Scrivener iOS-only Workflow: Tables and Lists @ScrivenerApp

Harvard_notes
It was the first entry in the Scrivener iOS Knowledge Base: Scrivener iOS doesn’t support creating or expanding indented bulleted lists, indented numbered lists, or tables. Check out the linked Knowledge Base article if you want to know why; but such a high percentage of the beta testers asked about this that I immediately thought—“How can I work around this?” Answering that question took me through a lot of iOS productivity apps and got me into long discussions with the developer, Keith Blount. Here are the answers I found:

If you have Mac or Windows Scrivener and have access to it regularly, your best practice is to use your Mac or PC Scrivener to deal with tables and lists. But if you’re an iOS-only Scrivener road warrior or you spend extended time away from your PC or Mac, read on.

In iOS Scrivener you can edit line items in indented lists, and cell contents in tables. You just can’t add list items, change list indentation, or modify table structure. Again, if you have Mac or Windows Scrivener and can live with the list and table structures you’ve got—until you get back to your computer—your best practice is to do so.

If you can live with unformatted lists and tables, another option is just to defer adding or formatting these visual elements until after you’ve compiled your project, and can use Pages or Microsoft Word to add final formatting.

But maybe that won’t work for you. You need these elements in your iOS-only project. Be aware that full formatting for Harvard-style lists is astonishingly rare on iOS. Table support is more common, but still hard to find—Scrivener is hardly alone in this. Read on for ways to add them while making certain that they’ll come out of Scrivener’s compile process in reasonable order.

The apps I mention below are NOT a complete list—they are only the apps I’ve tested for list and table integration with Scrivener iOS. If you have an editor that I haven’t tested, give it a try! Please let me know how it works! (By the way, I get no money if you buy any of these apps.)

Apps for Markdown (HTML) Lists and Tables

A good Markdown editor will let you compose simple tables, and indented lists (without complex formatting). Scrivener can import either HTML files or RTF files, but retains more formatting if your Markdown editor can export in RTF.

Choose a Markdown editor that supports tables and that will export either RTF (preferred) or HTML via Open in. Two that I’ve tested that work are iA Writer, and Matcha (NOT Matcha 3! Only the older version works.) I prefer Matcha because it will export in RTF, while iA Writer will only do HTML. Byword’s documentation suggests it will work as well as Matcha, but I haven’t tested it myself.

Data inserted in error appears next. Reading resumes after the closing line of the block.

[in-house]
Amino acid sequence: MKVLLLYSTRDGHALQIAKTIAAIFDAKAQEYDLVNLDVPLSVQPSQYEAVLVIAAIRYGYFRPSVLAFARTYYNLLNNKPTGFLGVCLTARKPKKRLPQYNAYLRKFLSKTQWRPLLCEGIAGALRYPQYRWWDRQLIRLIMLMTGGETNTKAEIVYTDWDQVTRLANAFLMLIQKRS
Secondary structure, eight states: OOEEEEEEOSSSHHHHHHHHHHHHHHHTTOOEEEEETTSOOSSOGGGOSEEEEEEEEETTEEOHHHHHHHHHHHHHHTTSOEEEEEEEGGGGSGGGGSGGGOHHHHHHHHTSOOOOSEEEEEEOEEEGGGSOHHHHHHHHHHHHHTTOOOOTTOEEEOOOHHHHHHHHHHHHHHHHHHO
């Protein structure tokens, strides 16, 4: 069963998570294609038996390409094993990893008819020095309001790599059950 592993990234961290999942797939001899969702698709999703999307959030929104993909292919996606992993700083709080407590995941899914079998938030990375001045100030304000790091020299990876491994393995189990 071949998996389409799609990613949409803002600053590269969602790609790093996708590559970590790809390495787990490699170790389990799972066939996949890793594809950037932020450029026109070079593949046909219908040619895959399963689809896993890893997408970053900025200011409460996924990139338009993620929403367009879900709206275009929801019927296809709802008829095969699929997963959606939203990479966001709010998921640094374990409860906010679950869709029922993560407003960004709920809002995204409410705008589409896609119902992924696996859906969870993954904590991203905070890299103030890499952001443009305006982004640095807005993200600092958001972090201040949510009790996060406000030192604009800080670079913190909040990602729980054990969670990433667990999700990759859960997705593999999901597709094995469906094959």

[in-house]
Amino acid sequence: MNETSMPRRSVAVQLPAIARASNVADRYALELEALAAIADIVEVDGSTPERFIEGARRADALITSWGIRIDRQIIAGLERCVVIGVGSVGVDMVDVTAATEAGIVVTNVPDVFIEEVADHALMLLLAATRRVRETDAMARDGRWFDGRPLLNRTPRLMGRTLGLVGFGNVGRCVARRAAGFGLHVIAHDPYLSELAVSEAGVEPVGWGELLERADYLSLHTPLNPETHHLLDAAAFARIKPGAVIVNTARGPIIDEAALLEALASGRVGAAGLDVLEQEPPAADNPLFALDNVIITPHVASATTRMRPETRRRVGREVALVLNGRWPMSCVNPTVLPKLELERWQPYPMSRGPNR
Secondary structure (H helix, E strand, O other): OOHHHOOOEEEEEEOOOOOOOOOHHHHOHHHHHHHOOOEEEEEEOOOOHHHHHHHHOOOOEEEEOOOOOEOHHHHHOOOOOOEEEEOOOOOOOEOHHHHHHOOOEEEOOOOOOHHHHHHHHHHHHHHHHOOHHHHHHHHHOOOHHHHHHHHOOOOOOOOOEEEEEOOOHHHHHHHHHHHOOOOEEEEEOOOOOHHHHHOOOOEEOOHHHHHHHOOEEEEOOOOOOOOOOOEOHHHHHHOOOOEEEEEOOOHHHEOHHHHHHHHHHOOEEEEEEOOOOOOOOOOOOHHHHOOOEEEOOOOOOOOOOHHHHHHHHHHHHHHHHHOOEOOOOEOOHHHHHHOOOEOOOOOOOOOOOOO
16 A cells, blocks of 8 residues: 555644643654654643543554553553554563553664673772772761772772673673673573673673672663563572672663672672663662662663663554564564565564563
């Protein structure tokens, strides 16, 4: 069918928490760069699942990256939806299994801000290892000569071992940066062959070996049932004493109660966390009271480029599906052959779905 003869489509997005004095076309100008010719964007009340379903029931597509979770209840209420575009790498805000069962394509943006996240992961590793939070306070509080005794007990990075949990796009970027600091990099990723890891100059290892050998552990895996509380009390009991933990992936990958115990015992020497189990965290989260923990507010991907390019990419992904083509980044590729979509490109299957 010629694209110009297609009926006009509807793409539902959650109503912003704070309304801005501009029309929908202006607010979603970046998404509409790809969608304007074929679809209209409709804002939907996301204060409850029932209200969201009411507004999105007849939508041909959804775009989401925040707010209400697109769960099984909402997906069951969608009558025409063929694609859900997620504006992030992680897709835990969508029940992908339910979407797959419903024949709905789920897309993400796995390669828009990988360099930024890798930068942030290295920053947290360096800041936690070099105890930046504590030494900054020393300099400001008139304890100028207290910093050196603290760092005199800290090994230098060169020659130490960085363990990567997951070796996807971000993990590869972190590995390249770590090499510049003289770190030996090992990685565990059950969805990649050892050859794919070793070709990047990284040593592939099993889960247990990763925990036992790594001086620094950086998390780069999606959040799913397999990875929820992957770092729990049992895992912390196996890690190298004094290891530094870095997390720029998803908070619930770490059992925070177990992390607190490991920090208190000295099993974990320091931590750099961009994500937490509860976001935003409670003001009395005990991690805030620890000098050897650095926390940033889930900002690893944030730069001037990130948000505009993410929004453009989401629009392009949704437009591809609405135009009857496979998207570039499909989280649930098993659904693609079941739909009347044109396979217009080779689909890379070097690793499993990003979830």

Two Markdown editors that will not work with tables are Daedalus Touch and Ulysses. If you already have these—they’re fine for lists, but have no table support. They also export only HTML, not RTF.

Apps for Harvard-style numbered lists

The only app I’ve found that will export well-formed Harvard outlines in .rtf format is Notability. Pages, Word, and Google Docs all insist on exporting in .docx, and .docx documents run afoul of the same problems that keep Scrivener iOS from doing its own tables and lists to begin with. If you’d prefer these, be aware that you will need to export to a document converter such as Doc Convert, and export from there into Scrivener.

Apps for more complex tables

I had good success with OfficeSuite Free by MobiSystems. That’s right, free. The default table style works fine when exported to Scrivener as .rtf. The fancy table styles I tried didn’t work so well, but I didn’t stop to play with all of them, and there are quite a few.

The bad news is that OfficeSuite Free has plenty of ads and refuses to export to some obscure file types unless you pay for an in-app purchase, but it is nonetheless usable as it stands. (You can buy the upgraded OfficeSuite Pro for $14.99 USD if you like.) Note that its nested bullet lists and Harvard-style lists won’t work in Scrivener—this is a solution for tables only.

Again, you can work with Pages or Microsoft Word if you don’t mind using a conversion utility to convert from .docx to .rtf.

Workflow pointers, or best practices:

Your general approach will be create and edit your table or list in your external editor of choice. Then, export an .rtf (or .html) file to Scrivener (via a conversion app if needed). Once in Scrivener, you can move the file to where you want it in your project.

  • I advise against copying and pasting into an existing Scrivener file; it means more work if you need to edit your table or list in your external editor and re-export. Instead, split your Scrivener document if you need to, and drop in the table or list as a separate file.
  • Always leave a blank line, plus a line with some dummy text (like “Delete me!”) below a table or a list in your original editor. For some reason, there needs to be that bit extra for the RTF file creator in iOS to properly end the list or table. Once you’ve exported to Scrivener, you can delete the “Delete Me!” line but still leave one blank line after.
  • Keep copies of your tables and lists in whatever editor you’re using for them. That way if you need to edit further, you don’t have to try to copy and paste out of Scrivener (or re-export the file back to your external editor.) You can just edit and export again.



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